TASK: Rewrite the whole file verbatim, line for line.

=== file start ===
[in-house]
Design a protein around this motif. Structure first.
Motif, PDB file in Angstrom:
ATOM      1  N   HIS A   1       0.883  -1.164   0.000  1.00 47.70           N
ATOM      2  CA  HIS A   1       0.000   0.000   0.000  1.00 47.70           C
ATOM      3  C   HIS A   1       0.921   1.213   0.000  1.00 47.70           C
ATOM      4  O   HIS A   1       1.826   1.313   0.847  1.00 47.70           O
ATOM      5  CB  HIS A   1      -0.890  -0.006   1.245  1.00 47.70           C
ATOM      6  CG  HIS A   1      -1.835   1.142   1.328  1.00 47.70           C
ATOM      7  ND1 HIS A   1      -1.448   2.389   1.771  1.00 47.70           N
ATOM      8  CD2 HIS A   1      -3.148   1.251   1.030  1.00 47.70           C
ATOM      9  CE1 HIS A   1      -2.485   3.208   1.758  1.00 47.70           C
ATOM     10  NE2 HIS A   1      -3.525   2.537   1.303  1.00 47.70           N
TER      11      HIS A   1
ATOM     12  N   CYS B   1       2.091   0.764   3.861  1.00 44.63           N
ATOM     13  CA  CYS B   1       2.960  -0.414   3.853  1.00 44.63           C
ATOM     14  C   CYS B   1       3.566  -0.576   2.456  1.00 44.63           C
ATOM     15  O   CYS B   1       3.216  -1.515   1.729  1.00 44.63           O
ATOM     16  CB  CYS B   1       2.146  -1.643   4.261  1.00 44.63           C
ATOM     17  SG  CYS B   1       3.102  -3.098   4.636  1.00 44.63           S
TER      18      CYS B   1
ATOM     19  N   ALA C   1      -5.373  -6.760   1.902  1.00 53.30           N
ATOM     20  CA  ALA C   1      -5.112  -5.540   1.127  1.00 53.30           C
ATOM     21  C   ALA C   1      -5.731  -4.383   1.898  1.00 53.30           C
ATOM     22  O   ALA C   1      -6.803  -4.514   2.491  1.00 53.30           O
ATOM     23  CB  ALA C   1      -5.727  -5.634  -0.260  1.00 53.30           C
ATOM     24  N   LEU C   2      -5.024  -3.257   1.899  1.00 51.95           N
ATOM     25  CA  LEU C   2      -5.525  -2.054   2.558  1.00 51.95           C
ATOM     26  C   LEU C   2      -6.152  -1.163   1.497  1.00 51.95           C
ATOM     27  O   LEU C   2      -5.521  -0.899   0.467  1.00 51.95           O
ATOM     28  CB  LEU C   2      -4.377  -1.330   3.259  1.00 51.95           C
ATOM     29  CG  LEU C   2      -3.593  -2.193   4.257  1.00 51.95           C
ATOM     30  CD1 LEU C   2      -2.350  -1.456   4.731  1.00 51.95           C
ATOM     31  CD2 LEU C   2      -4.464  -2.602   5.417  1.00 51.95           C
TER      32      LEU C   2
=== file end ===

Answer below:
[in-house]
Design a protein around this motif. Structure first.
Motif, PDB file in Angstrom:
ATOM      1  N   HIS A   1       0.883  -1.164   0.000  1.00 47.70           N
ATOM      2  CA  HIS A   1       0.000   0.000   0.000  1.00 47.70           C
ATOM      3  C   HIS A   1       0.921   1.213   0.000  1.00 47.70           C
ATOM      4  O   HIS A   1       1.826   1.313   0.847  1.00 47.70           O
ATOM      5  CB  HIS A   1      -0.890  -0.006   1.245  1.00 47.70           C
ATOM      6  CG  HIS A   1      -1.835   1.142   1.328  1.00 47.70           C
ATOM      7  ND1 HIS A   1      -1.448   2.389   1.771  1.00 47.70           N
ATOM      8  CD2 HIS A   1      -3.148   1.251   1.030  1.00 47.70           C
ATOM      9  CE1 HIS A   1      -2.485   3.208   1.758  1.00 47.70           C
ATOM     10  NE2 HIS A   1      -3.525   2.537   1.303  1.00 47.70           N
TER      11      HIS A   1
ATOM     12  N   CYS B   1       2.091   0.764   3.861  1.00 44.63           N
ATOM     13  CA  CYS B   1       2.960  -0.414   3.853  1.00 44.63           C
ATOM     14  C   CYS B   1       3.566  -0.576   2.456  1.00 44.63           C
ATOM     15  O   CYS B   1       3.216  -1.515   1.729  1.00 44.63           O
ATOM     16  CB  CYS B   1       2.146  -1.643   4.261  1.00 44.63           C
ATOM     17  SG  CYS B   1       3.102  -3.098   4.636  1.00 44.63           S
TER      18      CYS B   1
ATOM     19  N   ALA C   1      -5.373  -6.760   1.902  1.00 53.30           N
ATOM     20  CA  ALA C   1      -5.112  -5.540   1.127  1.00 53.30           C
ATOM     21  C   ALA C   1      -5.731  -4.383   1.898  1.00 53.30           C
ATOM     22  O   ALA C   1      -6.803  -4.514   2.491  1.00 53.30           O
ATOM     23  CB  ALA C   1      -5.727  -5.634  -0.260  1.00 53.30           C
ATOM     24  N   LEU C   2      -5.024  -3.257   1.899  1.00 51.95           N
ATOM     25  CA  LEU C   2      -5.525  -2.054   2.558  1.00 51.95           C
ATOM     26  C   LEU C   2      -6.152  -1.163   1.497  1.00 51.95           C
ATOM     27  O   LEU C   2      -5.521  -0.899   0.467  1.00 51.95           O
ATOM     28  CB  LEU C   2      -4.377  -1.330   3.259  1.00 51.95           C
ATOM     29  CG  LEU C   2      -3.593  -2.193   4.257  1.00 51.95           C
ATOM     30  CD1 LEU C   2      -2.350  -1.456   4.731  1.00 51.95           C
ATOM     31  CD2 LEU C   2      -4.464  -2.602   5.417  1.00 51.95           C
TER      32      LEU C   2